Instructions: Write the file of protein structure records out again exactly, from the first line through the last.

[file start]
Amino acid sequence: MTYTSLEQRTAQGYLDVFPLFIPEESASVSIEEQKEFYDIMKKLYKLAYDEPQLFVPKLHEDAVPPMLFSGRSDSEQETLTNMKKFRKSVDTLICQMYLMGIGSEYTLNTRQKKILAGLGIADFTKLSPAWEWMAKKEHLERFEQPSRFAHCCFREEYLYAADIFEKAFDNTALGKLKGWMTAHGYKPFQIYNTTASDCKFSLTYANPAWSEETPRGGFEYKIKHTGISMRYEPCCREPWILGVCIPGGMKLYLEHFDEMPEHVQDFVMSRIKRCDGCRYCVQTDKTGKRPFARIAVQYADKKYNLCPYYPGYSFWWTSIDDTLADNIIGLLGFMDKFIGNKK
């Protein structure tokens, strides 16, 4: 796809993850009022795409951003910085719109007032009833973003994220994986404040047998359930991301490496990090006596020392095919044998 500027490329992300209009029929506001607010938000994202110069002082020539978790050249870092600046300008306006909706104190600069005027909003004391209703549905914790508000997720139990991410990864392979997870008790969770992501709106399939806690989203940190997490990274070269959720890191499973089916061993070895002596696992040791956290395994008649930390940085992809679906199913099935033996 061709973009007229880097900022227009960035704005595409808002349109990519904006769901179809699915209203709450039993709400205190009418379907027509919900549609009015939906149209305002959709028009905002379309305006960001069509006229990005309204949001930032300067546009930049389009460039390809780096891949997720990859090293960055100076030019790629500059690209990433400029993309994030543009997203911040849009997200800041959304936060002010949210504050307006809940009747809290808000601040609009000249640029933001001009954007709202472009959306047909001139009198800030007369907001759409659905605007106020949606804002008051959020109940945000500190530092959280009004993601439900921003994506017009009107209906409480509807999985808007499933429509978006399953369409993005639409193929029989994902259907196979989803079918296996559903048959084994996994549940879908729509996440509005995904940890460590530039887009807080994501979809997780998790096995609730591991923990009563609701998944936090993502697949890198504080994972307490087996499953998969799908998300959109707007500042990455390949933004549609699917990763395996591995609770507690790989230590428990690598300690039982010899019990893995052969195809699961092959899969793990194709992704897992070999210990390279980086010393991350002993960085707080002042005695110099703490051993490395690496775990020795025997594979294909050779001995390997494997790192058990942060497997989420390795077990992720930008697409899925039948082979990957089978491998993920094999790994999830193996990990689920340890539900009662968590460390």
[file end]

Amino acid sequence: MTYTSLEQRTAQGYLDVFPLFIPEESASVSIEEQKEFYDIMKKLYKLAYDEPQLFVPKLHEDAVPPMLFSGRSDSEQETLTNMKKFRKSVDTLICQMYLMGIGSEYTLNTRQKKILAGLGIADFTKLSPAWEWMAKKEHLERFEQPSRFAHCCFREEYLYAADIFEKAFDNTALGKLKGWMTAHGYKPFQIYNTTASDCKFSLTYANPAWSEETPRGGFEYKIKHTGISMRYEPCCREPWILGVCIPGGMKLYLEHFDEMPEHVQDFVMSRIKRCDGCRYCVQTDKTGKRPFARIAVQYADKKYNLCPYYPGYSFWWTSIDDTLADNIIGLLGFMDKFIGNKK
């Protein structure tokens, strides 16, 4: 796809993850009022795409951003910085719109007032009833973003994220994986404040047998359930991301490496990090006596020392095919044998 500027490329992300209009029929506001607010938000994202110069002082020539978790050249870092600046300008306006909706104190600069005027909003004391209703549905914790508000997720139990991410990864392979997870008790969770992501709106399939806690989203940190997490990274070269959720890191499973089916061993070895002596696992040791956290395994008649930390940085992809679906199913099935033996 061709973009007229880097900022227009960035704005595409808002349109990519904006769901179809699915209203709450039993709400205190009418379907027509919900549609009015939906149209305002959709028009905002379309305006960001069509006229990005309204949001930032300067546009930049389009460039390809780096891949997720990859090293960055100076030019790629500059690209990433400029993309994030543009997203911040849009997200800041959304936060002010949210504050307006809940009747809290808000601040609009000249640029933001001009954007709202472009959306047909001139009198800030007369907001759409659905605007106020949606804002008051959020109940945000500190530092959280009004993601439900921003994506017009009107209906409480509807999985808007499933429509978006399953369409993005639409193929029989994902259907196979989803079918296996559903048959084994996994549940879908729509996440509005995904940890460590530039887009807080994501979809997780998790096995609730591991923990009563609701998944936090993502697949890198504080994972307490087996499953998969799908998300959109707007500042990455390949933004549609699917990763395996591995609770507690790989230590428990690598300690039982010899019990893995052969195809699961092959899969793990194709992704897992070999210990390279980086010393991350002993960085707080002042005695110099703490051993490395690496775990020795025997594979294909050779001995390997494997790192058990942060497997989420390795077990992720930008697409899925039948082979990957089978491998993920094999790994999830193996990990689920340890539900009662968590460390």